The tides in the Cayman Islands are primarily diurnal with one high and one low each day, though on some days the tides will be semi-diurnal with two highs and lows per day, and are generally in the range of 1’. The currents in and around the Cayman Islands generally set to the west, though a northward flowing current can be found south of Grand Cayman at times, and a southward and/or eastward flowing current can be found between Cuba and the Cayman Islands at times.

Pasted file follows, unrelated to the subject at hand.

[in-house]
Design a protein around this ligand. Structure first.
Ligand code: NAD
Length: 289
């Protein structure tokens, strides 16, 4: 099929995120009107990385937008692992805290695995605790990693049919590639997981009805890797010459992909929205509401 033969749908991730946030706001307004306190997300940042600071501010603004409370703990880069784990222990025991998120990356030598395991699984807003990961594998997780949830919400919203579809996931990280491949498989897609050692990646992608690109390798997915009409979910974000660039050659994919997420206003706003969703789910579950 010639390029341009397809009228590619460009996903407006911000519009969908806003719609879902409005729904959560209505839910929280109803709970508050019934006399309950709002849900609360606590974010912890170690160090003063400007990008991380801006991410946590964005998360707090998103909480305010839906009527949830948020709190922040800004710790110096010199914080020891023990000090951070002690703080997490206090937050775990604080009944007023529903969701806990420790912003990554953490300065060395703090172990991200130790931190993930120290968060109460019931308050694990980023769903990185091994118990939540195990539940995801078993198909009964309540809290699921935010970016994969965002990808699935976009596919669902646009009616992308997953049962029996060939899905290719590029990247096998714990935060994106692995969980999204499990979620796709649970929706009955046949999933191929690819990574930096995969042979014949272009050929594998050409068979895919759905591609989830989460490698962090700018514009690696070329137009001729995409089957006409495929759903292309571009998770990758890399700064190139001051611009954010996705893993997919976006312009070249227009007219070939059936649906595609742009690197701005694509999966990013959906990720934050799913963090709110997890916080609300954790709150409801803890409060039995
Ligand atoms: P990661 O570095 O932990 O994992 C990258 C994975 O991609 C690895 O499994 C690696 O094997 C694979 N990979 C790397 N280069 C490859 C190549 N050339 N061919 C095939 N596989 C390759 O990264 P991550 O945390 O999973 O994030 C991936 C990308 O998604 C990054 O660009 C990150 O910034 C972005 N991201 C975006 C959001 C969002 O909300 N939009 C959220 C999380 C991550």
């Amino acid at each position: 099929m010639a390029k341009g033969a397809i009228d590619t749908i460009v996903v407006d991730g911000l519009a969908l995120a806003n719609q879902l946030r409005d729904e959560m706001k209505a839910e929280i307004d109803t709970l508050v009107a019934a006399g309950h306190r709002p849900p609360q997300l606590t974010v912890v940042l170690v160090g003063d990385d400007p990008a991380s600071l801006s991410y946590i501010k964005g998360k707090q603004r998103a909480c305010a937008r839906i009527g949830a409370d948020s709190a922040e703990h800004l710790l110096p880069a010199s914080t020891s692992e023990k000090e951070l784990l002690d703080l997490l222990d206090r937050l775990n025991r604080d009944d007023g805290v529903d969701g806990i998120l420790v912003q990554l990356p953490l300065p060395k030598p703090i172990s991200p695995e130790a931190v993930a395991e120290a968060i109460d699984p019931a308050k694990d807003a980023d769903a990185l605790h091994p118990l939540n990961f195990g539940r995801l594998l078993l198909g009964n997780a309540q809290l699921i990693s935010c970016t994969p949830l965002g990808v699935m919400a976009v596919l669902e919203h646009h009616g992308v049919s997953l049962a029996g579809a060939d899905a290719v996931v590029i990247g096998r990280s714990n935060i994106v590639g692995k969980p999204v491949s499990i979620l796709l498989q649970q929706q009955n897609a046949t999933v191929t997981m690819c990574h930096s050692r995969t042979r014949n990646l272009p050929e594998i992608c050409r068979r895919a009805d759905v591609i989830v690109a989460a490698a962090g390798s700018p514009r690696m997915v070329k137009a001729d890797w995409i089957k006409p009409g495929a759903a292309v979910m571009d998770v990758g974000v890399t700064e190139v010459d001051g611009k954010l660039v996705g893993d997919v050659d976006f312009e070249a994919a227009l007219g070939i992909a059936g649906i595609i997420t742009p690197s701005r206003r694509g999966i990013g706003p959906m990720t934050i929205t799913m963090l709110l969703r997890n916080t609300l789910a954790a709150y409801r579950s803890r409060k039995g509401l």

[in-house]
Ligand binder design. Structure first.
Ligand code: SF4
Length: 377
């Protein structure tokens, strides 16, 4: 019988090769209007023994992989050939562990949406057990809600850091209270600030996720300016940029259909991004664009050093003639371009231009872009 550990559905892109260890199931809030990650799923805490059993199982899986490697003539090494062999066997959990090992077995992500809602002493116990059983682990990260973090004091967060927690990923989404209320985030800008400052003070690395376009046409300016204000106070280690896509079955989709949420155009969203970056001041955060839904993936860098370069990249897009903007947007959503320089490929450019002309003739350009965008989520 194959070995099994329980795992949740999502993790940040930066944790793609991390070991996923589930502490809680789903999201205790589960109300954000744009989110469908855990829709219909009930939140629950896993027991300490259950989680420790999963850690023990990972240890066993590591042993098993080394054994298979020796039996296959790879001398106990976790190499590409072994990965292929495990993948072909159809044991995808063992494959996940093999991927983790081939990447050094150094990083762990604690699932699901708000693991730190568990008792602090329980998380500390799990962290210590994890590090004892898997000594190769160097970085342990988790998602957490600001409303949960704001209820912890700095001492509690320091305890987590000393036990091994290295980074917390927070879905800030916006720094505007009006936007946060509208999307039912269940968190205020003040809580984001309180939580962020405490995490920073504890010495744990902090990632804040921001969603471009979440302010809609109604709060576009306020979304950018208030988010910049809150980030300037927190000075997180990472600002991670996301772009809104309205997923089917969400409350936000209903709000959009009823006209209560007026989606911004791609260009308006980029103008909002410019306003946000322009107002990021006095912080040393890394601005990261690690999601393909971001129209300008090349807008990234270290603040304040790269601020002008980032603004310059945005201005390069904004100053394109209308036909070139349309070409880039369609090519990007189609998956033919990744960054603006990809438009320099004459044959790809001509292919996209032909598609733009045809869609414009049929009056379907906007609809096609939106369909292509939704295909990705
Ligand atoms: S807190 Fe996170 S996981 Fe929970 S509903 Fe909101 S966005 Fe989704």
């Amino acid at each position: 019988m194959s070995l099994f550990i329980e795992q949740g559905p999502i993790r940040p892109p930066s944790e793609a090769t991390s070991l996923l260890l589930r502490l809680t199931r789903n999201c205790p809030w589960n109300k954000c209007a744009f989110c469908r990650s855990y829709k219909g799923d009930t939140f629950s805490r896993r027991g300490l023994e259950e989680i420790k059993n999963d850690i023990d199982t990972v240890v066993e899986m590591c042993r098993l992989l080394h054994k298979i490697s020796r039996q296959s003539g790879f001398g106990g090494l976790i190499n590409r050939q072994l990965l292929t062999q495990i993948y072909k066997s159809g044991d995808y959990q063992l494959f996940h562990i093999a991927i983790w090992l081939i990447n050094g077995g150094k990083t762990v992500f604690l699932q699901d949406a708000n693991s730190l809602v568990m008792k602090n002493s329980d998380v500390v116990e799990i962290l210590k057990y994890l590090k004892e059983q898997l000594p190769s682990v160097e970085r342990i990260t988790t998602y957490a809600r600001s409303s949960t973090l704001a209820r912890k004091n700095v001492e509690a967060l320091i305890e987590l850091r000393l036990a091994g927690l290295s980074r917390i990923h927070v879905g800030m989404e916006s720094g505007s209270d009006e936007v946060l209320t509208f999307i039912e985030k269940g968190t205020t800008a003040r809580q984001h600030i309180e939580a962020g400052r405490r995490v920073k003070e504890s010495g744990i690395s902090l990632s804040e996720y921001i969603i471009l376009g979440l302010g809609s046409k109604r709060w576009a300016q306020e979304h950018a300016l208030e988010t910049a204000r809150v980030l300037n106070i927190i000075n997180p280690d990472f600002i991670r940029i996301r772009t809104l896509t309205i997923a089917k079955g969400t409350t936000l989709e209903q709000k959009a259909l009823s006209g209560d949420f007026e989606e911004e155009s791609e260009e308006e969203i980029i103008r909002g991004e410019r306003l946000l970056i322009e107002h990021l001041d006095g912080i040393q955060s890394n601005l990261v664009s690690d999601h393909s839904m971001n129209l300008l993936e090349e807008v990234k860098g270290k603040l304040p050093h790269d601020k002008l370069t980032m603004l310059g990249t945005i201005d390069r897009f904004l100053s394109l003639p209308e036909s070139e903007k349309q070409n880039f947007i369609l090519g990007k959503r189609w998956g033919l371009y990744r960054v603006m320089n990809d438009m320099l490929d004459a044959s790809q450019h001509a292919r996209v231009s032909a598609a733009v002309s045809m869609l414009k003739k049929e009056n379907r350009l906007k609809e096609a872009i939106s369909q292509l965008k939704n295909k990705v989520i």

Tides in Jamaica are primarily diurnal, one high and one low each day, and are small, generally about 1 foot or less. There is a westward setting current off both the northern and southern coasts of Jamaica of about .7-1.0 knot with a reported current of up to 2-3 knots two miles off Morant Point. At times, the westward setting current has been reported to reverse its direction, especially during periods of westerly winds.